A US judge has ordered a self-crowned "Spam King" to pay Facebook 711 million dollars for slipping uninvited into people's accounts to send bogus marketing messages.Facebook on Friday acknowledged that Sanford Wallace is unlikely to pay the money awarded by the court but proclaimed the ruling a blow in an ongoing battle against spam at the leading online social-networking service.
By Markos Kaminis (Wall St. Greek): A recent article at Bloomberg Businessweek alerted me to a bit of important information that should play a role in the valuation of many social media companies, including Facebook (FB).
The Facebook Messages test, which is currently limited to the US, lets a sender pay $1 to make sure an electronic missive is routed to someone’s “inbox” even when the person isn’t in their circle of friends, reports The Telegraph.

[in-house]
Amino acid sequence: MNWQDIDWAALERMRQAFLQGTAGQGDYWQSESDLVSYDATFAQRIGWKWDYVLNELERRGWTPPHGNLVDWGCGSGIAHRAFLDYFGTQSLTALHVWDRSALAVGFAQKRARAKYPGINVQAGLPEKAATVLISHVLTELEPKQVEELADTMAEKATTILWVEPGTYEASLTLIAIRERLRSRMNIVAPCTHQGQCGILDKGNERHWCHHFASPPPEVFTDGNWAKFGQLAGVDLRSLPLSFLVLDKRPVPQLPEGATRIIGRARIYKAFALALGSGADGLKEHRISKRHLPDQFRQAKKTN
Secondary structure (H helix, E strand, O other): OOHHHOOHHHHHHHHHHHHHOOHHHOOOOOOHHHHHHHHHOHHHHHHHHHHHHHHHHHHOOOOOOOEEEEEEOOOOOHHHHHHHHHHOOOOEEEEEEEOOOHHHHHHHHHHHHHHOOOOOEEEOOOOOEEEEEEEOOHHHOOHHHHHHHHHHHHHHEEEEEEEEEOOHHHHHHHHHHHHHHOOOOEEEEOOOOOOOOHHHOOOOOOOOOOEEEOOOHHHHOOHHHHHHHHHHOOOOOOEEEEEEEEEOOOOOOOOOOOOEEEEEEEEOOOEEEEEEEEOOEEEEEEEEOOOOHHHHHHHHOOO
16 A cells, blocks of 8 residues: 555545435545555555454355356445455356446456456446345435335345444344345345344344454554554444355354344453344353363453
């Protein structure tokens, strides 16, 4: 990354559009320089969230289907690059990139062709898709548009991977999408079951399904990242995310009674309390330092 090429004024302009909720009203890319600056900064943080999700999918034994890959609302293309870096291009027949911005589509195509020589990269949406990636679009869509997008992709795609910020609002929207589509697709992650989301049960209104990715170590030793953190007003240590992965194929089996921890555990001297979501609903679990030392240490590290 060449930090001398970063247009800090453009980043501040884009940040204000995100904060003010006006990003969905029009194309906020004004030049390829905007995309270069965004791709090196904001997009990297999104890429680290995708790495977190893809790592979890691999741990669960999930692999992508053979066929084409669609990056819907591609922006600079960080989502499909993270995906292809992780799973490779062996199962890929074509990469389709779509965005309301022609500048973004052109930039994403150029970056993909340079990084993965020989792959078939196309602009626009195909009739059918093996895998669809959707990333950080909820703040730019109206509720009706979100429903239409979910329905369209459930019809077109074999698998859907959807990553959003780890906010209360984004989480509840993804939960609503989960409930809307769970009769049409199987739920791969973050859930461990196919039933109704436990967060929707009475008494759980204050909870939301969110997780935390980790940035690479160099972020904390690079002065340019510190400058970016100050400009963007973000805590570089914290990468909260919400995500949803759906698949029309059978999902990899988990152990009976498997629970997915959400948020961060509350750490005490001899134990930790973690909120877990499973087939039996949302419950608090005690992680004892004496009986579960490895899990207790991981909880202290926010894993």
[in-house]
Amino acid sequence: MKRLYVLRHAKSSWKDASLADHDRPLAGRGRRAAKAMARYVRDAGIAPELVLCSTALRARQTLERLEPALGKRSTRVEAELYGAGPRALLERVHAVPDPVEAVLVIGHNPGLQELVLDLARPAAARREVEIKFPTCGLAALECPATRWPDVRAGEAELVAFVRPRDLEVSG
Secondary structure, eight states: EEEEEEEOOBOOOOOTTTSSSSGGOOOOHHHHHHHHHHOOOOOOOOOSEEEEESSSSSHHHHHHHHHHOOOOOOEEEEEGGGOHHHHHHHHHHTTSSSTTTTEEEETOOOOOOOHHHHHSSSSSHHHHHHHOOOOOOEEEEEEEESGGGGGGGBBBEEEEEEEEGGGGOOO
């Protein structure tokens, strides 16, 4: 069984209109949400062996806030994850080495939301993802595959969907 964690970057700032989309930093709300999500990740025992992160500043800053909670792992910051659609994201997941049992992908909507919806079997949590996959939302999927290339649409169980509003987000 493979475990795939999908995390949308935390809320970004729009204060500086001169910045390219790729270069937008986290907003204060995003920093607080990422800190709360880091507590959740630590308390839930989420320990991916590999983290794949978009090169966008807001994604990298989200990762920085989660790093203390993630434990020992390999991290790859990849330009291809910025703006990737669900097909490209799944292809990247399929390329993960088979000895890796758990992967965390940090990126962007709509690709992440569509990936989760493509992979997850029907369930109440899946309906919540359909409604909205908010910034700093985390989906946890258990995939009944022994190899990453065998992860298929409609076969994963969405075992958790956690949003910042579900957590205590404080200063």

Is it really a fake out when a fake person turns out to be real? That’s what’s happened with Horse Ebooks, the beloved Twitter spam account that, it’s now been revealed, was mostly the work of a New York performance artist and Buzzfeed creative manager.
For years, the account has been stringing together seemingly random words into sentences — creating baffling, sometimes profound-sounding messages like “our entire bodies have always been the most powerful form of visual expression.”
Last night, a Mashable reporter named Chris Tayler tried to message Mark Zuckerberg on Facebook. What Tayler saw next was incredible. Facebook told him he could send Zuckerberg a note, but that it would get stuck in Zuckerberg's spam filter. That is, unless Taylor was willing to pay $100. This is what the message looked like: